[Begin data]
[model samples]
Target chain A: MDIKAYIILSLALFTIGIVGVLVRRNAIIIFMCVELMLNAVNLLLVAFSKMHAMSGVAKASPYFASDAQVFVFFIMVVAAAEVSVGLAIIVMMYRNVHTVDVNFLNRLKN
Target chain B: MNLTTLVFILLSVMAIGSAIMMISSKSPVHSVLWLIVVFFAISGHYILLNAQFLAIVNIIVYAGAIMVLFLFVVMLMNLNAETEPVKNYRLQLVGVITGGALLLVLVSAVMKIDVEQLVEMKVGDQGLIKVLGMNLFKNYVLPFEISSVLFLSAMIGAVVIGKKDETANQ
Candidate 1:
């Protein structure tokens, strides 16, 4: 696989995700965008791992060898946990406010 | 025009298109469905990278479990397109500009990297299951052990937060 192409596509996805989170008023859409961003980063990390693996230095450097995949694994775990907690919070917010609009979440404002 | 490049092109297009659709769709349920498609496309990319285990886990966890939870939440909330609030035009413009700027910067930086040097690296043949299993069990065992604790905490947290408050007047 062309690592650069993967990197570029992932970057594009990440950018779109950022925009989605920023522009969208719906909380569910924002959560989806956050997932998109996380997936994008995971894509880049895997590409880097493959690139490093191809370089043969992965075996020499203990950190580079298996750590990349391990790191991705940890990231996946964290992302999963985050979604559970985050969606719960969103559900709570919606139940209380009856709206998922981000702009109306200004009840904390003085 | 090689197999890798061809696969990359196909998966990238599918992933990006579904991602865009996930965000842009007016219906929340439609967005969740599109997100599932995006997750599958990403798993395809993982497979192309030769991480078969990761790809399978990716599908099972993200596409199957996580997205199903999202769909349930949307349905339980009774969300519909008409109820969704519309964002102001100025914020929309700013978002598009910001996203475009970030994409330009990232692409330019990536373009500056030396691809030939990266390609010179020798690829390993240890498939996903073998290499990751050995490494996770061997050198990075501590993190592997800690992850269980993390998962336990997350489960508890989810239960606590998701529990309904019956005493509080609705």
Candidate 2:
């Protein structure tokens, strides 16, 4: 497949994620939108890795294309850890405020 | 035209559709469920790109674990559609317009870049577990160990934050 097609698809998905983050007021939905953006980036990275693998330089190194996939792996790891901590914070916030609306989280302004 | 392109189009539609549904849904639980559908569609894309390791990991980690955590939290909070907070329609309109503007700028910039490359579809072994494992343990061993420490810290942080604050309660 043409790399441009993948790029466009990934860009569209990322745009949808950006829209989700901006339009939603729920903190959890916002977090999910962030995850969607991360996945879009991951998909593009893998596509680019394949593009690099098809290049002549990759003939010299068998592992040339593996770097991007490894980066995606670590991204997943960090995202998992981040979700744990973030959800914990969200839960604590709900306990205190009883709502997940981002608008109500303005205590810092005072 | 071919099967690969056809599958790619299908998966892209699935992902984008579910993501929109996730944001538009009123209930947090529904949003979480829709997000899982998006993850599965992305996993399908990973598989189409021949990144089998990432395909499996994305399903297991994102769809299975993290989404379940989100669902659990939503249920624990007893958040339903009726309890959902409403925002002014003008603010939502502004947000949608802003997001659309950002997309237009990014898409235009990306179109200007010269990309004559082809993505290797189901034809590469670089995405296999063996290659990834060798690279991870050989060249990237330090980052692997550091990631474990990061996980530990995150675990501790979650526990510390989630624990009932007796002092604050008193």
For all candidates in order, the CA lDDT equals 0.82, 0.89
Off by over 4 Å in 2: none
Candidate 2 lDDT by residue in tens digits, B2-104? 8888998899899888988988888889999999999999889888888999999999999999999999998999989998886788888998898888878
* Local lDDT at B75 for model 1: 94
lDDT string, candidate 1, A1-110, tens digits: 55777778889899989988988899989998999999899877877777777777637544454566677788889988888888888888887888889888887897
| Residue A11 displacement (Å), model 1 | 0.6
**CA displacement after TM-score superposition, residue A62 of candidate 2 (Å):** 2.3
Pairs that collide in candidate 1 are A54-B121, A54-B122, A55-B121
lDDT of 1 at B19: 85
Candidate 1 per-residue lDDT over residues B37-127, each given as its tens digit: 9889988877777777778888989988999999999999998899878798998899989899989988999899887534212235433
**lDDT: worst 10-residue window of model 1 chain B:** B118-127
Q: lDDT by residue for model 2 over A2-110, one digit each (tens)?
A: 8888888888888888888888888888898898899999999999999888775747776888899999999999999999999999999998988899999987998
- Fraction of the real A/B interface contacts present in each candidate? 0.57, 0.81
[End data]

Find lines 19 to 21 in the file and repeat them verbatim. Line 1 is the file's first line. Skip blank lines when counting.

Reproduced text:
Q: lDDT by residue for model 2 over A2-110, one digit each (tens)?
A: 8888888888888888888888888888898898899999999999999888775747776888899999999999999999999999999998988899999987998
- Fraction of the real A/B interface contacts present in each candidate? 0.57, 0.81